The 2nd Rule of Gun Safety is one we hear a lot: keep your finger off the trigger until your sights are on the target. It’s sometimes obnoxiously phrased by internet dorks as “keep your booger hook off the bang switch.” Regardless, it seems like the 2nd rule would be one we can say is a hard and fast rule, never to be broken.
Not so fast, chief. Like the first rule, the 2nd rule of gun safety is more like a guideline. It’s an opportunity to get you to think about how and why you interact with the trigger. Obviously, for new gun owners we can treat the 2nd rule like it’s a firm go/no-go. Don’t touch the trigger until you’re aimed in helps build good safety habits. But what if you’re not a new shooter?
Experienced competition and combat shooters often get on the trigger earlier during the draw. Once the gun’s muzzle is level they’re on the trigger starting to press it as the gun moves towards extension. This is part of a technique called the Press-Out Draw, where the majority of the slack is taken out of the trigger during its movement. The sights aren’t on the target, but we’re touching the trigger.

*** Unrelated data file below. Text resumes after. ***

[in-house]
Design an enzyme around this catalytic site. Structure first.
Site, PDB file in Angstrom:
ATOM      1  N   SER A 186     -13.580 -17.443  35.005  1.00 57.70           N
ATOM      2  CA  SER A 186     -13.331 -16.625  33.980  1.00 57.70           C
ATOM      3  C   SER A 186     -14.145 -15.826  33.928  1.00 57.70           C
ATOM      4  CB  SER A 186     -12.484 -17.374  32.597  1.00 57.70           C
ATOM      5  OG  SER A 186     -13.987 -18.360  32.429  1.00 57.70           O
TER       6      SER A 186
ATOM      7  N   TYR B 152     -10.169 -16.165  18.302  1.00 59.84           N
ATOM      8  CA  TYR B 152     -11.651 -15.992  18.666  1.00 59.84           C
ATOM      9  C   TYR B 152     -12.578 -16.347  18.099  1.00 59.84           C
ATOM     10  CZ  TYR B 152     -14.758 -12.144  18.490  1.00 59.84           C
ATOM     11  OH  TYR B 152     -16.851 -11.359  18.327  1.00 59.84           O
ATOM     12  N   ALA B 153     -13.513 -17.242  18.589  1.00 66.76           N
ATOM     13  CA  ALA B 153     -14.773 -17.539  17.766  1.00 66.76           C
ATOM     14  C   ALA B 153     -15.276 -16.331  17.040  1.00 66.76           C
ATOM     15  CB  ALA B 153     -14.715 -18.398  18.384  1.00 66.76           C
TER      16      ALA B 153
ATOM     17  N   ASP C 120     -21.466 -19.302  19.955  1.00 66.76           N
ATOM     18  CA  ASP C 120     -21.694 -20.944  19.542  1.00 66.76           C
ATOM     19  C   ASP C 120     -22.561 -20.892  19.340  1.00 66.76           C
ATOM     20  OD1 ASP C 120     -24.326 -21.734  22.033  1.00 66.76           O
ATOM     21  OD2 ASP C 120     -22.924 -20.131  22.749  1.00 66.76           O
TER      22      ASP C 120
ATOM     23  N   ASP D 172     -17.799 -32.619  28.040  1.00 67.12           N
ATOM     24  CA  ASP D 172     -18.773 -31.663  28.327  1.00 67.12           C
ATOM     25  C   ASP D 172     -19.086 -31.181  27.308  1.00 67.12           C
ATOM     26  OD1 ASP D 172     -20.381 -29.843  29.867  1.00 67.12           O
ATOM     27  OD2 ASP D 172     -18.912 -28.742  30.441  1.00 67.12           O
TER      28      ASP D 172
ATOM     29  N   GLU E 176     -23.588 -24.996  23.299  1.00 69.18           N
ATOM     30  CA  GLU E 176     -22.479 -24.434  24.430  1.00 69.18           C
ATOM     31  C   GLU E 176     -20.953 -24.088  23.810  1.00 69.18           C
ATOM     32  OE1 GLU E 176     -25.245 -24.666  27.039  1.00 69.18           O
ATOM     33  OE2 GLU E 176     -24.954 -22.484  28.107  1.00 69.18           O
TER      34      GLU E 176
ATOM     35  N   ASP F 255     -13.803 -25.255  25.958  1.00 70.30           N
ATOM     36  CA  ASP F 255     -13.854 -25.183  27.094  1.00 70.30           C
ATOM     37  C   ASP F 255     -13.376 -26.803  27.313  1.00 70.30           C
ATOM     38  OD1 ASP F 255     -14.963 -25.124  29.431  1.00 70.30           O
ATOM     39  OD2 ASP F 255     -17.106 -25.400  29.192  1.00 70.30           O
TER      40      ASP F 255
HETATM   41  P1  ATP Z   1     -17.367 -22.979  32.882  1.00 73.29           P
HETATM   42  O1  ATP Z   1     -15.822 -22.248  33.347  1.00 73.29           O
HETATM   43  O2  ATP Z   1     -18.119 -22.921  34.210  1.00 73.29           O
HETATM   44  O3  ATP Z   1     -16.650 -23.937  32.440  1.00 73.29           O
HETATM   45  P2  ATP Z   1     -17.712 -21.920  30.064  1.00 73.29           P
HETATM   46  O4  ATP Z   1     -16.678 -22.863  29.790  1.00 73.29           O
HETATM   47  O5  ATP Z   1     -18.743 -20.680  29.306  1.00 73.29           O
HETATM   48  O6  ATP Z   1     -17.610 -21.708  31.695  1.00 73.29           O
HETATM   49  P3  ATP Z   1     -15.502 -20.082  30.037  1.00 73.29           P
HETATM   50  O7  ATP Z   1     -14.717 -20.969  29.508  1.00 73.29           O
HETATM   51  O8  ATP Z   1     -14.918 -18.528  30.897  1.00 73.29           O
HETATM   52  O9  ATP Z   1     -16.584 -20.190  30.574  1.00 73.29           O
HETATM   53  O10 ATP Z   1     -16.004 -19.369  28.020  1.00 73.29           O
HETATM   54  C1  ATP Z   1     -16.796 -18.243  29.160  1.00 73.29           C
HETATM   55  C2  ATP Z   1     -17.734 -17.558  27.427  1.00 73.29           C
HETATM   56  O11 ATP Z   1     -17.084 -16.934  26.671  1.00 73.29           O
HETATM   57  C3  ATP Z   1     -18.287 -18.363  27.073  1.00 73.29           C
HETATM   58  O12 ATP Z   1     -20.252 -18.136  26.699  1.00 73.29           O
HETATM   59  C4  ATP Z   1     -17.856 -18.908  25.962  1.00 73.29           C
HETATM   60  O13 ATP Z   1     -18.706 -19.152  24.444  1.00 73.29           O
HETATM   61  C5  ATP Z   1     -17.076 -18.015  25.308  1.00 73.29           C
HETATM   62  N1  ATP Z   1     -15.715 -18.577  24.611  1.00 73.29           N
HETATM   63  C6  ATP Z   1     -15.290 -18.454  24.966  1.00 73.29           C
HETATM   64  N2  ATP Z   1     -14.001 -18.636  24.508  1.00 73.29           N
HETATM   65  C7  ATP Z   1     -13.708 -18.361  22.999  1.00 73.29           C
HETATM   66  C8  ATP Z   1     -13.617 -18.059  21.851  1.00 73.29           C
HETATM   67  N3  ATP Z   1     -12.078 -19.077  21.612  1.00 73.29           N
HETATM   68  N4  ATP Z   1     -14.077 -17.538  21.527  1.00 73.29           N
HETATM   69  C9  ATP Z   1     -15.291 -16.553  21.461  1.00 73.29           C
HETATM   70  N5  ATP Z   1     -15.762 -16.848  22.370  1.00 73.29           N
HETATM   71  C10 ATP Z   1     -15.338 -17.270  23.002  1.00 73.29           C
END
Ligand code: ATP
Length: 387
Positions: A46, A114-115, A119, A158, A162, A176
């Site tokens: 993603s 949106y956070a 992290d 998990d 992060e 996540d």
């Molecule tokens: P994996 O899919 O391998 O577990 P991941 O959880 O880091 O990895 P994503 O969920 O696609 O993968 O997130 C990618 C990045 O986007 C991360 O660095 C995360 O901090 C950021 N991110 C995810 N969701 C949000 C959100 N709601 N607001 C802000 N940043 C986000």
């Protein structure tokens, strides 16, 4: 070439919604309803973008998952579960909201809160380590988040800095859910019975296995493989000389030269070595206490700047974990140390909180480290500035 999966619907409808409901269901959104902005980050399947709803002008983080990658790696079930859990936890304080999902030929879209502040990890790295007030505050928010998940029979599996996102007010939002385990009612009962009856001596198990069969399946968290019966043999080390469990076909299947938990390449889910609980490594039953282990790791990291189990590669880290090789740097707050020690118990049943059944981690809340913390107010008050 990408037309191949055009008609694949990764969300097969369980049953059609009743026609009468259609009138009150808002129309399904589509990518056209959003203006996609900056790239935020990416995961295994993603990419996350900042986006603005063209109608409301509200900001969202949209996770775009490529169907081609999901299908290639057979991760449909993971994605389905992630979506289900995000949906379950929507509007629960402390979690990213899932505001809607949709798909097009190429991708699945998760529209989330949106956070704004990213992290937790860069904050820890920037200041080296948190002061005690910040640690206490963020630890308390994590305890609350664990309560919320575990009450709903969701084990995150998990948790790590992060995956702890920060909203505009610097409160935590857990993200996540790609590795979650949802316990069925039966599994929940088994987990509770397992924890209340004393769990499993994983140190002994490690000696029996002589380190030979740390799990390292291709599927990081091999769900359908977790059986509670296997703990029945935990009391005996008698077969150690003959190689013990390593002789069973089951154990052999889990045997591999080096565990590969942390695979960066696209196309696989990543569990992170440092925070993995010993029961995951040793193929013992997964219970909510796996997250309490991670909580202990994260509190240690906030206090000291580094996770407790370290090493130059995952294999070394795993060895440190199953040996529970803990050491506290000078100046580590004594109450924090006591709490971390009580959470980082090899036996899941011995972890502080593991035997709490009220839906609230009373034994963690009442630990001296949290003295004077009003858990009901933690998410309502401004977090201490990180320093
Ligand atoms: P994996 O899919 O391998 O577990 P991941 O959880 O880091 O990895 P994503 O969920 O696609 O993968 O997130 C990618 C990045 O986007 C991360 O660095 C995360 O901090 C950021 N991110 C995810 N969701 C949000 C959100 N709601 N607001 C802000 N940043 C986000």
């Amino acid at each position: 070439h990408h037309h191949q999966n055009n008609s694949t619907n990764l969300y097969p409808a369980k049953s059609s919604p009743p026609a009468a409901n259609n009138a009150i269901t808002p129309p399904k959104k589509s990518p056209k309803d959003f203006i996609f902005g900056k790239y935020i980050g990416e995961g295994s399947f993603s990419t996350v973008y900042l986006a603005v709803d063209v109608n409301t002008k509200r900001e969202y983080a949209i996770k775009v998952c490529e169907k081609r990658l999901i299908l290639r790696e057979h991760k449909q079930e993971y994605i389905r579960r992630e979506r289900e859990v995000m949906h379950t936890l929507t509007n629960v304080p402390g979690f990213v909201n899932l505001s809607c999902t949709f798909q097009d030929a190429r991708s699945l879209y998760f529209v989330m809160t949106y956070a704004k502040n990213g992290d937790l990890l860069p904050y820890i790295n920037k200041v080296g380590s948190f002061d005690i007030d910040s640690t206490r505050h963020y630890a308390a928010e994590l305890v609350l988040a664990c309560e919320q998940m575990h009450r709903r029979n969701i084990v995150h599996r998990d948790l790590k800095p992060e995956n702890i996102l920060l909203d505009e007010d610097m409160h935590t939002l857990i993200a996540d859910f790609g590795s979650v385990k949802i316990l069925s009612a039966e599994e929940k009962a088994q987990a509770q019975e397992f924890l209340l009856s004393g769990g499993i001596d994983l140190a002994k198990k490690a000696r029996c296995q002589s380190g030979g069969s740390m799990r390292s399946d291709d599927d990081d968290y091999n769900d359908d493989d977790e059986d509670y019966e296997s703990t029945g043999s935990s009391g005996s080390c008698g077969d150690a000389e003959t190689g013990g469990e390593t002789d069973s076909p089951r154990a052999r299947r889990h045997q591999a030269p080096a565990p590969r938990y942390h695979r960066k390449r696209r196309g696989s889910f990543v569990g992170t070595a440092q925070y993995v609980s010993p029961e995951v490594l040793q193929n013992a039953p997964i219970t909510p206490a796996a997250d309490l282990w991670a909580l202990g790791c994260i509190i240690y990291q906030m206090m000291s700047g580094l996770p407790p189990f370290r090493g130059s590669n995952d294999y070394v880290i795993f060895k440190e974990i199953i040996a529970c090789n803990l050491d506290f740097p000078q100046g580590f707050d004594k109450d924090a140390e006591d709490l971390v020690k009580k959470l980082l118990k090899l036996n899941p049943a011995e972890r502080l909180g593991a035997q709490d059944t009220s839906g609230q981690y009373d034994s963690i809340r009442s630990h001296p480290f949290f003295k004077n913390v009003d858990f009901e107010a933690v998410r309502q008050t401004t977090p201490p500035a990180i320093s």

That’s the best example of touching the trigger without sights being on target. A thoughtful consideration of this leads us to a new interpretation of the 2nd Rule of Gun Safety: Don’t touch the trigger until you’ve made a conscious decision to shoot. This allows us to get on the trigger early during the press out, and it allows us to fire the gun with a gross aiming index instead of always having to have perfect height and perfect light sight pictures. Should we teach newbies strict trigger discipline? Of course. But the point of these articles is to get you thinking about the 4 Rules in a new way.